Games of chance or masters of illusion: Multiline slots design may promote cognitive distortions

Abstract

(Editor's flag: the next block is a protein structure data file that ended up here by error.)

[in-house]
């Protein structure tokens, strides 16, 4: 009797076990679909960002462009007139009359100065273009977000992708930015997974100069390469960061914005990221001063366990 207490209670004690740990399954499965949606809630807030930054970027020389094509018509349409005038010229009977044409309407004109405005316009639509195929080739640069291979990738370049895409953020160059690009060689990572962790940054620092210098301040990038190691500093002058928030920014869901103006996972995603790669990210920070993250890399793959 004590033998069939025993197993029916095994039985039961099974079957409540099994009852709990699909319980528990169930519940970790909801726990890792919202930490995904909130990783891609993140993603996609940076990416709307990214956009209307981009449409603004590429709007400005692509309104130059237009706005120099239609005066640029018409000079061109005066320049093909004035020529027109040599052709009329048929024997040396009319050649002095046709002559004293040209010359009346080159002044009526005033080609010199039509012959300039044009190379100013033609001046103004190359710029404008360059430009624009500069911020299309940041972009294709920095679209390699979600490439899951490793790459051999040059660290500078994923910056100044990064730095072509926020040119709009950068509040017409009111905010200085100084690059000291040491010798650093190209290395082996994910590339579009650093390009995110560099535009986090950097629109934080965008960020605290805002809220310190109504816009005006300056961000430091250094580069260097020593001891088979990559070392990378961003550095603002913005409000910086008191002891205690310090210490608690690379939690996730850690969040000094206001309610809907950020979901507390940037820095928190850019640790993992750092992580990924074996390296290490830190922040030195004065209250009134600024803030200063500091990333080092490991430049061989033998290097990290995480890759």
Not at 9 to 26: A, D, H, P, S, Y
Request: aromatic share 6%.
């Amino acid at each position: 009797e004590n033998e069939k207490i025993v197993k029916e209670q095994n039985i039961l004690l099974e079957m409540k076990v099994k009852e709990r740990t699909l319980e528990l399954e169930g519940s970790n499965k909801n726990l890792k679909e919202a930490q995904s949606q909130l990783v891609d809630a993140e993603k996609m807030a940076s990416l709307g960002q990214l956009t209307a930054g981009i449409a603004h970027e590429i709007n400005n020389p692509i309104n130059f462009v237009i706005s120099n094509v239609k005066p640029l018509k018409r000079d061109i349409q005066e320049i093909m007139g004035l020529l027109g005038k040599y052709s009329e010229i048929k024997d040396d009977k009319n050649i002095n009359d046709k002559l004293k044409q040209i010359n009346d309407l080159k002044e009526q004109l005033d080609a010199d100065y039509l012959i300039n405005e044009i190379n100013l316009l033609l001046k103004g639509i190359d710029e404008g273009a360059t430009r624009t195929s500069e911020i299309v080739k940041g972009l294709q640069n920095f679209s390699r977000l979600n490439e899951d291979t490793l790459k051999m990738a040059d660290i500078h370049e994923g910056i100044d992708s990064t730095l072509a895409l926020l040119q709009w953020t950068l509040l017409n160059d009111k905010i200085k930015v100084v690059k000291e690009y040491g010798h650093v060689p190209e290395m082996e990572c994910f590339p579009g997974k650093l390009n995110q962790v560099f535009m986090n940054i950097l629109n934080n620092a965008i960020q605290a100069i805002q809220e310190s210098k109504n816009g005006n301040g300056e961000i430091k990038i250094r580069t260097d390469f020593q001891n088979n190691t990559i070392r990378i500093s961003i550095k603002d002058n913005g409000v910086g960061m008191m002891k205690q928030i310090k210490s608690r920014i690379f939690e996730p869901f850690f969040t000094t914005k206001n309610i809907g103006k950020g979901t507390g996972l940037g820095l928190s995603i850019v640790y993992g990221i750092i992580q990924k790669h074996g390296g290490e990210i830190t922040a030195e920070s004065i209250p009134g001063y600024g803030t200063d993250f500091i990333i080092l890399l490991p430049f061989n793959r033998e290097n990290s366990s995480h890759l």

Problem gamblers often have distorted beliefs about gambling, including illusion of control and gambler's fallacy. Most multiline slots games allow players to adjust the number of wagered paylines and the amount bet per line, and over time this control may support incorrect conclusions and promote distorted gambling beliefs. We created software to run simulations of a popular multiline slots game and examined the effects of betting on single versus multiple paylines. Simultaneous multiline betting tends to produce a less varied gambling experience because it increases the frequency of legitimate wins and ‘losses disguised as wins’, while decreasing the occurrence of ‘big wins’. It also shortens consecutive series of losing spins and it prolongs the time a typical player takes to exhaust funds. Indirect control over losing streaks may give some players the false impression that they can play skilfully and predict the occurrence of wins. However, applying five different wagering strategies in our simulations showed that none had any real effect on the average percentage of wagers that would be ‘paid back’ to players as prizes. Player control over multiline slots games may lead frequent gamblers to incorrect conclusions that sustain excessive play despite recurring losses.

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